William Inge’s Pulitzer prize-winning second play, "Picnic,"
on stage at the Heights Players through Nov. 17, is a deeply
psychological drama dealing with the unfulfilled longings of
average people in a small, Midwestern town and what happens when
they see that their sterile lives can, indeed, be more exciting.
The catalyst for their realization is a young, virile drifter named Hal Carter, who arrives the day of the town picnic, hoping to find an old college friend who can offer him a job, and instead finds a bevy of women offering him their bodies.
While it is a popular choice of both amateur and professional troupes, the play requires sensitive direction and extremely talented actors who know how to express great emotion without falling into bathos and melodrama.
The Heights Players’ production, directed by John Bourne, and starring David Gordon as Carter, tries very hard, and in parts has some admirable success, but it just doesn’t have the acting talent necessary for such a demanding play.
When it was produced on Broadway in 1953, the play featured a very young Paul Newman as Alan Seymour, the callow son of the richest man in town, and Kim Stanley, in her star-making role of Millie, the not-so-pretty, but smart, younger daughter of Flo Owens.
The 1956 film starred William Holden as Carter, the Midwestern Adonis who wanders into the sleepy Kansas town, and captures the hearts and fires the passions of the women who live around the backyard shared by Owens and Helen Potts. Kim Novak played Madge Owens, the not-so-bright, but very attractive elder daughter who works in a dime store and will only get out of this stifling town by marrying a rich man (hopefully Seymour). And Rosalind Russell played Rosemary Sydney, Flo’s boarder, the old-maid schoolteacher and girlfriend of the lukewarm Howard Bevans, a local merchant.
The Heights Players’ Gordon certainly has the body. When he bares his chest onstage, if women don’t exactly faint as they reportedly did over Clark Gable’s equally naked chest in the 1934 film "It Happened One Night," they certainly take notice. He’s also not bad in the role. He’s angry, crude and willful, but he lacks the sensuality to make women swoon.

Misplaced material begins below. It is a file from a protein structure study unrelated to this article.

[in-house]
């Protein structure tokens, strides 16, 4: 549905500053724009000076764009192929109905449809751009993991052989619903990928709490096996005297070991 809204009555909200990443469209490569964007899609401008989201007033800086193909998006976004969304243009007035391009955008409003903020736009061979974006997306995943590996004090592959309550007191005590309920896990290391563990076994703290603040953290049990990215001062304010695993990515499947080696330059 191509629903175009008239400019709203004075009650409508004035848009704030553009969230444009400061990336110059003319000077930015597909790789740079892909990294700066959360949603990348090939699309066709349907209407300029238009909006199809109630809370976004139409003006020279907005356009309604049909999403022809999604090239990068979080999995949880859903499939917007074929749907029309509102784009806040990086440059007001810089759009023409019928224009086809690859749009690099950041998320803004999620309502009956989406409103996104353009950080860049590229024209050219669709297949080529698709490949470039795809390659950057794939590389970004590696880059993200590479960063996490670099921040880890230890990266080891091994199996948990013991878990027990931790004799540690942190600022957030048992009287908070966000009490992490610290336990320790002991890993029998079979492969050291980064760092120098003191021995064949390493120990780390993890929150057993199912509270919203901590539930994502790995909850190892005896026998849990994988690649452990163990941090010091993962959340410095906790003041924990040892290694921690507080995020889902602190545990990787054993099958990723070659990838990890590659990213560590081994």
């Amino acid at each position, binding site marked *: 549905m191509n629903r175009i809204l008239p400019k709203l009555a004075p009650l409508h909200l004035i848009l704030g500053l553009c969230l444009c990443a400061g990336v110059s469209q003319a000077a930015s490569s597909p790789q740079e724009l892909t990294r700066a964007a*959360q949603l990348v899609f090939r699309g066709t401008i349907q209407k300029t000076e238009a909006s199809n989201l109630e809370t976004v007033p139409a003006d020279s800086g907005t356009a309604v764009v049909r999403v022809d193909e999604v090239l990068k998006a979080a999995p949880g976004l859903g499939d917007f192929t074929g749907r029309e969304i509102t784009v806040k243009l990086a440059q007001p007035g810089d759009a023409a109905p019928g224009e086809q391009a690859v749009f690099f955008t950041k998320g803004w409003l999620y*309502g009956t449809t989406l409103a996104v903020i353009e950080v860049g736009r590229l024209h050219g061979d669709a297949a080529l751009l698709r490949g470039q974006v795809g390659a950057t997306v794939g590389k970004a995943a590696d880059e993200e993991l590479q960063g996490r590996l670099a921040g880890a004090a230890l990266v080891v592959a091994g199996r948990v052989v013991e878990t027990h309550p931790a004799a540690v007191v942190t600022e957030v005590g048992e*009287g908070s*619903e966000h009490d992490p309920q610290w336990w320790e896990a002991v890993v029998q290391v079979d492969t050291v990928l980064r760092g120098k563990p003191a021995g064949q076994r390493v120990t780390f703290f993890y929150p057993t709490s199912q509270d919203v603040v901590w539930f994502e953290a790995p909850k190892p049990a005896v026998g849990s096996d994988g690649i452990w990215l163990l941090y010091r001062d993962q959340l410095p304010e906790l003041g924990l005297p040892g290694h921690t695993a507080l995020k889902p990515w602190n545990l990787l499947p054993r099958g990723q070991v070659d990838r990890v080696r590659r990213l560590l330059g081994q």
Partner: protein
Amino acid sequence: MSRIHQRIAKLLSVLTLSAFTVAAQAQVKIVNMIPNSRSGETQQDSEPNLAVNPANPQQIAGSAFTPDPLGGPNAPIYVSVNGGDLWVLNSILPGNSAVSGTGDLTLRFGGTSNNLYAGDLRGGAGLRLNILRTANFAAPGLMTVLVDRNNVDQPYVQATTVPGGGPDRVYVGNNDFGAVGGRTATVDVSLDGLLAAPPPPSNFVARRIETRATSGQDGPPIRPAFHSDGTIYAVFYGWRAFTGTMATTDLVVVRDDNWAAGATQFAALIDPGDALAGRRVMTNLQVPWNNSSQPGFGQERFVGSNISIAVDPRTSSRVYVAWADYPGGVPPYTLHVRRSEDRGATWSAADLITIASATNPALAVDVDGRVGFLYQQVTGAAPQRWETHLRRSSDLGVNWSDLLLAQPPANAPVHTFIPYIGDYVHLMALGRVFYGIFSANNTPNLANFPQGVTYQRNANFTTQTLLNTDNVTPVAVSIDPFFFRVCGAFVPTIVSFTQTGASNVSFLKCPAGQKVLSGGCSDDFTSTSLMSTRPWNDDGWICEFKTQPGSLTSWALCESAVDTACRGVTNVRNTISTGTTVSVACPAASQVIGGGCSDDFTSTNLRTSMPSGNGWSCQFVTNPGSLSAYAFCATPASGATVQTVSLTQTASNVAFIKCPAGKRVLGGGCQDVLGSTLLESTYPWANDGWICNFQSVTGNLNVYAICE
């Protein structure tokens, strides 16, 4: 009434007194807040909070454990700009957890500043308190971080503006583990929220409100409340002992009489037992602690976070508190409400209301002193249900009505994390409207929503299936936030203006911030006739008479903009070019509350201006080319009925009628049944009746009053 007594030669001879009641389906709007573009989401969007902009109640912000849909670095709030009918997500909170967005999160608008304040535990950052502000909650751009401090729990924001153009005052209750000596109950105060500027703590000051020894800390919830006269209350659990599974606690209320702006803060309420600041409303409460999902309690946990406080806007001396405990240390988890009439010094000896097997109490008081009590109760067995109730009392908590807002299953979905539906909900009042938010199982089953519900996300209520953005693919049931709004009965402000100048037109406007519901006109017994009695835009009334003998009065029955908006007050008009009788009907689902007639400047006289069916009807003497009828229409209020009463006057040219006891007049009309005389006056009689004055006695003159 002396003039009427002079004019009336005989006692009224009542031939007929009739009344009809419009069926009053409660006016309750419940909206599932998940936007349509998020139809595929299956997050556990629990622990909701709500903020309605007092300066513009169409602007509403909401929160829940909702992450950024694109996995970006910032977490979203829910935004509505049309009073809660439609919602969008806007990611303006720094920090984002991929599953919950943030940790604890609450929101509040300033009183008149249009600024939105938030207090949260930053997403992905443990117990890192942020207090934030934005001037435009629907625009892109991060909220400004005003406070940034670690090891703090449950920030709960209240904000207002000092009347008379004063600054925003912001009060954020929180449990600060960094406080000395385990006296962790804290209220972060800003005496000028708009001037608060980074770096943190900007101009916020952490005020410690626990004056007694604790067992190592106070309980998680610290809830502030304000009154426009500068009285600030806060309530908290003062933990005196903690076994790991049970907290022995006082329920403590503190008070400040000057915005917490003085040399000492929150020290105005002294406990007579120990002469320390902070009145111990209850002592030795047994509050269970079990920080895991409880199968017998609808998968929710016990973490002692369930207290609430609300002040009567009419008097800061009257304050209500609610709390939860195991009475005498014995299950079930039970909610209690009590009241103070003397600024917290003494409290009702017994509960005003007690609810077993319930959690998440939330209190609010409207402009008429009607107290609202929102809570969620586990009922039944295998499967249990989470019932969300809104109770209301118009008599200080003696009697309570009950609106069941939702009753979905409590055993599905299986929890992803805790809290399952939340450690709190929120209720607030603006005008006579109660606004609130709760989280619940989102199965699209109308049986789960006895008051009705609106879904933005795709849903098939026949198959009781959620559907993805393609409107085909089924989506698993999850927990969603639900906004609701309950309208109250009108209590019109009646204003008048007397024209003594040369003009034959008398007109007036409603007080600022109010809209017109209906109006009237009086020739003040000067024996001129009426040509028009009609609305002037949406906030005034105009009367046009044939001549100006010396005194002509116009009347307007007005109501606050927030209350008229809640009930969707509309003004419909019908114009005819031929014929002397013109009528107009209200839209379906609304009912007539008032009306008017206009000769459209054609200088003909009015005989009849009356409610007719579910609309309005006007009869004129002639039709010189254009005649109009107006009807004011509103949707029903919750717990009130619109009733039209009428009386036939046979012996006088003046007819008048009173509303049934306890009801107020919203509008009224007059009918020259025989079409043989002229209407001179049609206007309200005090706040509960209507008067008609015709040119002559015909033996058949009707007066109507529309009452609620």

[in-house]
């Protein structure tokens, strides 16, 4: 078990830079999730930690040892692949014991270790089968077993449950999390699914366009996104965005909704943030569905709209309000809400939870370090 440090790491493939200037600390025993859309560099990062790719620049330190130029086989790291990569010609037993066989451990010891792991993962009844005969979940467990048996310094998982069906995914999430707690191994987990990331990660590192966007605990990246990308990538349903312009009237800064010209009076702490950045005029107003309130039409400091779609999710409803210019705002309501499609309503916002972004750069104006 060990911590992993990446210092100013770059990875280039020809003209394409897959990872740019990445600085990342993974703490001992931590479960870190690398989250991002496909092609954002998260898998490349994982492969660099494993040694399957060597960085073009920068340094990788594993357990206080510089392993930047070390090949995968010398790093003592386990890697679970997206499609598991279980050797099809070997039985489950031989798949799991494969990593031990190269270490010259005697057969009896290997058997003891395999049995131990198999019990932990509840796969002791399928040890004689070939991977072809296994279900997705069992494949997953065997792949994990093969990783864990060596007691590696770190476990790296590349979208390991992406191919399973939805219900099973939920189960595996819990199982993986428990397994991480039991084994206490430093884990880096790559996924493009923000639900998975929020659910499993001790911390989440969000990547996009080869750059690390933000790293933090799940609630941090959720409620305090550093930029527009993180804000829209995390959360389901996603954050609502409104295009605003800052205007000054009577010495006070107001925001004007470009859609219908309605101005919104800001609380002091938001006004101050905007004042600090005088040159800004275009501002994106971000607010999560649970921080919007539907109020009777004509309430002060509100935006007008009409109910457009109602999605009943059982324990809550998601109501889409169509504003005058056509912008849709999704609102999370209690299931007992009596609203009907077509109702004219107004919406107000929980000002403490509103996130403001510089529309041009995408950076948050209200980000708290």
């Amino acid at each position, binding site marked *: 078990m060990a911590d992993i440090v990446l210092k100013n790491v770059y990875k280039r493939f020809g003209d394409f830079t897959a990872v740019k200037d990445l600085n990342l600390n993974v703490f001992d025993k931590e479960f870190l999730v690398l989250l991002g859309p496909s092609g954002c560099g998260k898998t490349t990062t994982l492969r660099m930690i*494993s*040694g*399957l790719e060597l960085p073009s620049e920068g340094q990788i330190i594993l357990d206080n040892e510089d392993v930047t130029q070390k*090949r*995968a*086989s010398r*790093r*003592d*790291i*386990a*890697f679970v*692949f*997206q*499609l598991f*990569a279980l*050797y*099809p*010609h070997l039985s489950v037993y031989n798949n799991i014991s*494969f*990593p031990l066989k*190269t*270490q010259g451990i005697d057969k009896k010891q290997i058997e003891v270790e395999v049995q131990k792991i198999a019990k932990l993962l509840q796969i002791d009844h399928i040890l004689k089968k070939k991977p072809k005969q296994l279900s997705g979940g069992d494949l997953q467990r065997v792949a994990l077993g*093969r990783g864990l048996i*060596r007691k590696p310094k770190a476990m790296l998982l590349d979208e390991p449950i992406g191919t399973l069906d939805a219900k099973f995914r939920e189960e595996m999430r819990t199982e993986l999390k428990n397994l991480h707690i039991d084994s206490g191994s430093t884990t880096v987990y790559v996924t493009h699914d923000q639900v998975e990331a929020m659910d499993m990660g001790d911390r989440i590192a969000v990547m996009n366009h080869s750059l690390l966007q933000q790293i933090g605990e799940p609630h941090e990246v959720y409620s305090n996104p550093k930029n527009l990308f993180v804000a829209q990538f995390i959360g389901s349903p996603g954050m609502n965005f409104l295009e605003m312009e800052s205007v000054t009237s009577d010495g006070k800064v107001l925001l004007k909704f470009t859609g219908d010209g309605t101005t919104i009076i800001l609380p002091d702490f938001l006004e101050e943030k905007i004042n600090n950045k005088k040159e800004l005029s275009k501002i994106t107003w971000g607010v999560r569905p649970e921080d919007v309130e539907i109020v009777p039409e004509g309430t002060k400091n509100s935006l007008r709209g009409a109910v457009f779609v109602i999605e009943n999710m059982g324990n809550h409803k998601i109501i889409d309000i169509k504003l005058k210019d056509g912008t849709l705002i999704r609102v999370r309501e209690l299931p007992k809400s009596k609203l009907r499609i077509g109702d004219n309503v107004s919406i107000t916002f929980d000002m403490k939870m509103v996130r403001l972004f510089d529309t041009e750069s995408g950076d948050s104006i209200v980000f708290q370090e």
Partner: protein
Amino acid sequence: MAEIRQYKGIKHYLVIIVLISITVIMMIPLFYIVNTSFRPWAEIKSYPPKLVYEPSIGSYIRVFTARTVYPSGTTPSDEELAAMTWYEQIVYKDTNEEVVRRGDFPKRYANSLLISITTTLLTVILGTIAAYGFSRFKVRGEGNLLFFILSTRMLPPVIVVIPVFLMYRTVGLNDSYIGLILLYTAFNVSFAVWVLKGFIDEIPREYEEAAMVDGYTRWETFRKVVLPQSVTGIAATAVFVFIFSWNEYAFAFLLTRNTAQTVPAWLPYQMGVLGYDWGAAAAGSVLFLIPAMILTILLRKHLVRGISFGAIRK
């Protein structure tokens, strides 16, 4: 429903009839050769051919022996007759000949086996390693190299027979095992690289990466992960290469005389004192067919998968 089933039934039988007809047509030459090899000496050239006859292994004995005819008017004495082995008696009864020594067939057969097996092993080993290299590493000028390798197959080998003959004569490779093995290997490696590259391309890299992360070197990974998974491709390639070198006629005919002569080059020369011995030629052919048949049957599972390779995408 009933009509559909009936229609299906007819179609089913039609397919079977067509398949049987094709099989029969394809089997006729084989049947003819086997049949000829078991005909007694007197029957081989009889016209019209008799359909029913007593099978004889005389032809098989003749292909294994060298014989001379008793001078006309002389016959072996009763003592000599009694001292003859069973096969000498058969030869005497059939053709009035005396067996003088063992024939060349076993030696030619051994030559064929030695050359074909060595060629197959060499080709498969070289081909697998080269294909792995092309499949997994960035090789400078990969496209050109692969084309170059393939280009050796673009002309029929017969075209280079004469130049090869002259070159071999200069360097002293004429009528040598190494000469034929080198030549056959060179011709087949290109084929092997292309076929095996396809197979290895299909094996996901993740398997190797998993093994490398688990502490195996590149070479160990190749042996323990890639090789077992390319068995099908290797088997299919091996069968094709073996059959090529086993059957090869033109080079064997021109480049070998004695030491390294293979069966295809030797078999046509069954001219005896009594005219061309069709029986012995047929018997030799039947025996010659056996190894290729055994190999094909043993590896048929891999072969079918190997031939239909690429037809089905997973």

Lana Faye Taradash, as Millie, is impudent and saucy. But there’s a desperate bite that’s absent in her performance. And Melissa Nearman is attractive and dreamy as Madge, but unconvincing as a young woman whose desire has been awakened by the wrong man. Her dance scene with Gordon, which sizzled in the movie version and made the song "Moonglow" a sensational hit, here is more awkward than electrifying.
Likewise, in the movie, Rosemary is so filled with desire for Hal after seeing him dance with Madge that in a drunken fit she rips Hal’s shirt off his back. When she is rebuffed, she turns to the reliable Bevans and begs him to marry her. In the Heights Players’ production the whole context is so tepid it’s hard to make the right connections, and Rosemary, who is supposed to be taken seriously, seems almost as silly as Bevans, a foolish man devoid of aspirations, who is happy to get drunk on bootleg liquor and restock goods in his store.
A perusal of the rest of the cast would yield similar results. Only Steven Platt seems up to the job as Bevans - the shop owner who is content with his dry life in a dry goods store. But it should be noted that the role is more comedic relief than it is dramatic.
Perhaps the most praiseworthy element in the production is Bill Wood’s set - a lovingly reconstructed porch and yard, complete with realistic touches like a tire swing and a tree stump.
Although William Inge was much admired in his day, with some even hailing the playwright as a Midwestern Tennessee Williams, his reputation has seriously declined since the 1950s. The overly static, overly verbal nature of his drama is not appreciated by audiences accustomed to the quick action and pyrotechnics of today’s films.
Nevertheless, "Picnic" was shocking in its time and remains a classic in ours. If it does not seem to have much to say about human nature today, it certainly gives an accurate picture of the time it describes. And with all its faults, the Heights Players’ production is certainly better than a lot of movies and practically all network TV.
The Heights Players production of "Picnic" plays through Nov. 17, Friday and Saturday at 8 pm and Sunday at 2 pm. Tickets are $19, $8 seniors and students. The theater is located at 26 Willow Place at State Street in Brooklyn Heights. For tickets, call (718) 237-2752.